Thanks to technology, Michael would send over his music files filled with these wonderful, guitar riff-laden, musical compositions! I would write and record my melody and lyric idea’s, move around the format if I had to, then send the files back to Michael. I loved the whole process. Am looking forward to doing it again…

WiMN: Name three bands you’d love to go on tour with.

PM: Oh my goodness! Honestly, I’d love to be on a festival tour! Especially in Europe! I remember performing many festivals while touring with Queensrÿche in the past and the energy was unbelievable! Plus, I feel my brand of rock would be a perfect fit with the European Metal/Hard rock based market. Of course, supporting Queensrÿche would be a no brainer… I could jump on stage with them, too (smile)!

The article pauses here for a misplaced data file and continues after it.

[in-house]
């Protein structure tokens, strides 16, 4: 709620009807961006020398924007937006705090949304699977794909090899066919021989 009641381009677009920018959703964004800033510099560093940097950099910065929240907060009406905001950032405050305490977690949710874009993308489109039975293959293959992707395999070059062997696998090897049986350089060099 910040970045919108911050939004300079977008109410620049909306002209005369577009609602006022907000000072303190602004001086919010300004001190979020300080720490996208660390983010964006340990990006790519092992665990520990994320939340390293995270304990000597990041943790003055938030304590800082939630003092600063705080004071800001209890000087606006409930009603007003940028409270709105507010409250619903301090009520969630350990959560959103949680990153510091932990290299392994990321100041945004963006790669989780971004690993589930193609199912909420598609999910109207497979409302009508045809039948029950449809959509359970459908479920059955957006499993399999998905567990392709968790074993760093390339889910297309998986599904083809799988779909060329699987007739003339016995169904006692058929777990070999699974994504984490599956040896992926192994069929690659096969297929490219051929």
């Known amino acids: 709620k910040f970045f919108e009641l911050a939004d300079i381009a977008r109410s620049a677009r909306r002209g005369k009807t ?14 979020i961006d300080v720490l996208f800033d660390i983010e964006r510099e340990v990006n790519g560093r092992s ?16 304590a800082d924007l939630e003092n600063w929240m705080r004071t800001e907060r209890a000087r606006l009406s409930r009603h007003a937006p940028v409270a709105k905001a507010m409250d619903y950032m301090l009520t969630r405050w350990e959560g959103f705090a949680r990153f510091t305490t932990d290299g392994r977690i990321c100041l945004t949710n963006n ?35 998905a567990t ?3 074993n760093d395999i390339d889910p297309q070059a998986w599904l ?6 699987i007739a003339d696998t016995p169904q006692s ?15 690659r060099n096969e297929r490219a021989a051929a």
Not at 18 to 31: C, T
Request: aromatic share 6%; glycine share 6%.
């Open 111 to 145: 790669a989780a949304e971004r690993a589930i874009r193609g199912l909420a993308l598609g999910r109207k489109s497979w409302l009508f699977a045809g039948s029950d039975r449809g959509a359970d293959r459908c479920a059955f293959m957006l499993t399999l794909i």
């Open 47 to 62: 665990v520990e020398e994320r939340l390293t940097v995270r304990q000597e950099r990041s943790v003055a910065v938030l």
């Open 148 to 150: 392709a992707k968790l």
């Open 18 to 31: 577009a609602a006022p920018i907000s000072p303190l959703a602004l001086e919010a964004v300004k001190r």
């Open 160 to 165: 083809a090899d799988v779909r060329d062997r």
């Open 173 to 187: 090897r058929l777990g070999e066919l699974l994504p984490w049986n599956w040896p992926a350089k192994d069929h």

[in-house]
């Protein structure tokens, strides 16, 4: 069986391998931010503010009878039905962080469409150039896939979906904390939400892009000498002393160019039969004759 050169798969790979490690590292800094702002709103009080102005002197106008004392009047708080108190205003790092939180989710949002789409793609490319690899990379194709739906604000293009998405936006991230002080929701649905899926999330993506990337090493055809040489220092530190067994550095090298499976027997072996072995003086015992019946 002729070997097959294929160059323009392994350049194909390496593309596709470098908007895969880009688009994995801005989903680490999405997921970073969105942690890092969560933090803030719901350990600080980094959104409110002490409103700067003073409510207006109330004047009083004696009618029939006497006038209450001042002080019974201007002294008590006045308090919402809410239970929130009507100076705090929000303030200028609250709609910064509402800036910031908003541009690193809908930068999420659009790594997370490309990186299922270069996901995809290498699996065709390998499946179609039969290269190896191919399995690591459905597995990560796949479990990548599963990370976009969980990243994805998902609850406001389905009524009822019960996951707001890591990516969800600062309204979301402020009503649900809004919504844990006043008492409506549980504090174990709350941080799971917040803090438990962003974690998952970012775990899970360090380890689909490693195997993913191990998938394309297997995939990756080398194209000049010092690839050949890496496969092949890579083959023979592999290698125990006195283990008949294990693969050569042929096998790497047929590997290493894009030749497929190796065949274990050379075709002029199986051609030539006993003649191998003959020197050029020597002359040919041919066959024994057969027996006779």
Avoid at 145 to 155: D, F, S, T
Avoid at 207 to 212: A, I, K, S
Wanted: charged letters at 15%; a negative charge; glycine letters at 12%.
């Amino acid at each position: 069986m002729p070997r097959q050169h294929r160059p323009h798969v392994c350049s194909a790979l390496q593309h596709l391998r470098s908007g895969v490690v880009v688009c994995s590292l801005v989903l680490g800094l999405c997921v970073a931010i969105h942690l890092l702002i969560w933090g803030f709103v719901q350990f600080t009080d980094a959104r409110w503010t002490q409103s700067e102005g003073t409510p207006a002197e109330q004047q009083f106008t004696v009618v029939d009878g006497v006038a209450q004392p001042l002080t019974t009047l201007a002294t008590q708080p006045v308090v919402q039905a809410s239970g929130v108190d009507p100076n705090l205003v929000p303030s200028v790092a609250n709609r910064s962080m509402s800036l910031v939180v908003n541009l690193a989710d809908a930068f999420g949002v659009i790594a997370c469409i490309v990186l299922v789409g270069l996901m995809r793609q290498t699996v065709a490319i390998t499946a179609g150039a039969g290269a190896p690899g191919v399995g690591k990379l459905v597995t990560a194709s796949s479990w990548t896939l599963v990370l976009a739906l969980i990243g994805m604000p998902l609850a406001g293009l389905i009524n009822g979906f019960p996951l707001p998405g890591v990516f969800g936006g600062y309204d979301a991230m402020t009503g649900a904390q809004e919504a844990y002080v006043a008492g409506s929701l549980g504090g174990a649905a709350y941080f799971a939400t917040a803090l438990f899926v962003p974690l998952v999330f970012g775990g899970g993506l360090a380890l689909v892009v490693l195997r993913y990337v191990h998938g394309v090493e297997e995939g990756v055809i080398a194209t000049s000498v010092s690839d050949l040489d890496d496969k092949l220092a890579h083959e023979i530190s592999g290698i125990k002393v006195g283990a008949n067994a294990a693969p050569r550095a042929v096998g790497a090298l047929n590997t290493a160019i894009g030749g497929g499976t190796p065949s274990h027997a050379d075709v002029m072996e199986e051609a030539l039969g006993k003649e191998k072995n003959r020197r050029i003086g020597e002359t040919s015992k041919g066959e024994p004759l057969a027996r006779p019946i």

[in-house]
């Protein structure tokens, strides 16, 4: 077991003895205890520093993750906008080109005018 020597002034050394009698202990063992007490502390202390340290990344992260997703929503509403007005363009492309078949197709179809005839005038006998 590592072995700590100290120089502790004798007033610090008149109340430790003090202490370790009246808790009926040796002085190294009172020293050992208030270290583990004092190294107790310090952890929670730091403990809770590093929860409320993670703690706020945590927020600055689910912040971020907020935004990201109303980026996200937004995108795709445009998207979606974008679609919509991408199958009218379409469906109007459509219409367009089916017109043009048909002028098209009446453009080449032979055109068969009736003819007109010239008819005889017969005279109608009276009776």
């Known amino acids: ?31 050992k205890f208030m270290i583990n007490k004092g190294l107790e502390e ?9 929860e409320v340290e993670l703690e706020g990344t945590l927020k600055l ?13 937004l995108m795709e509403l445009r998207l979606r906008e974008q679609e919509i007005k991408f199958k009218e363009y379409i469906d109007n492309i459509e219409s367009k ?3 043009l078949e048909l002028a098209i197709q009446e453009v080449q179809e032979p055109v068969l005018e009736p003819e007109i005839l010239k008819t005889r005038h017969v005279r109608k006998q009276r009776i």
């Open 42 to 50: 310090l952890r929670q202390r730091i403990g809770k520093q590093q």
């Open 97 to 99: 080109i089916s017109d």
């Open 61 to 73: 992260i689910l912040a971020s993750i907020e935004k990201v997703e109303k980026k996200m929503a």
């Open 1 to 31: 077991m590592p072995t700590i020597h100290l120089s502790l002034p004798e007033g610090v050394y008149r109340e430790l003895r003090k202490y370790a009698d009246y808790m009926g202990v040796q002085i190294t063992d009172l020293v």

WiMN: You also teach vocal lessons in the Seattle community. What styles of music do you teach, and do you have a lot of women learning metal vocal techniques?

PM: I’ve been a vocal coach for a while now and blessed with some amazing students. I tend to be asked for training in the pop/rock/country styles as opposed to classical training… not because I don’t agree with classical training (base work from a classical teacher really helps develop breathing and resonating techniques) but a brighter sound is more acceptable in those genres so there is need to learn a new set of ‘placement’ skills.

Personally, I have had a lot of experience (good and bad) with these styles of music from my early days of club bands, so I am able to articulate alternative ways for the student to learn and develop. I must say,  since I’ve been coaching, my own techniques as a singer have become better and the opportunity to give back what I have learned over the years is a very emotional win-win for me.

WiMN: What’s the best professional advice someone has ever given you?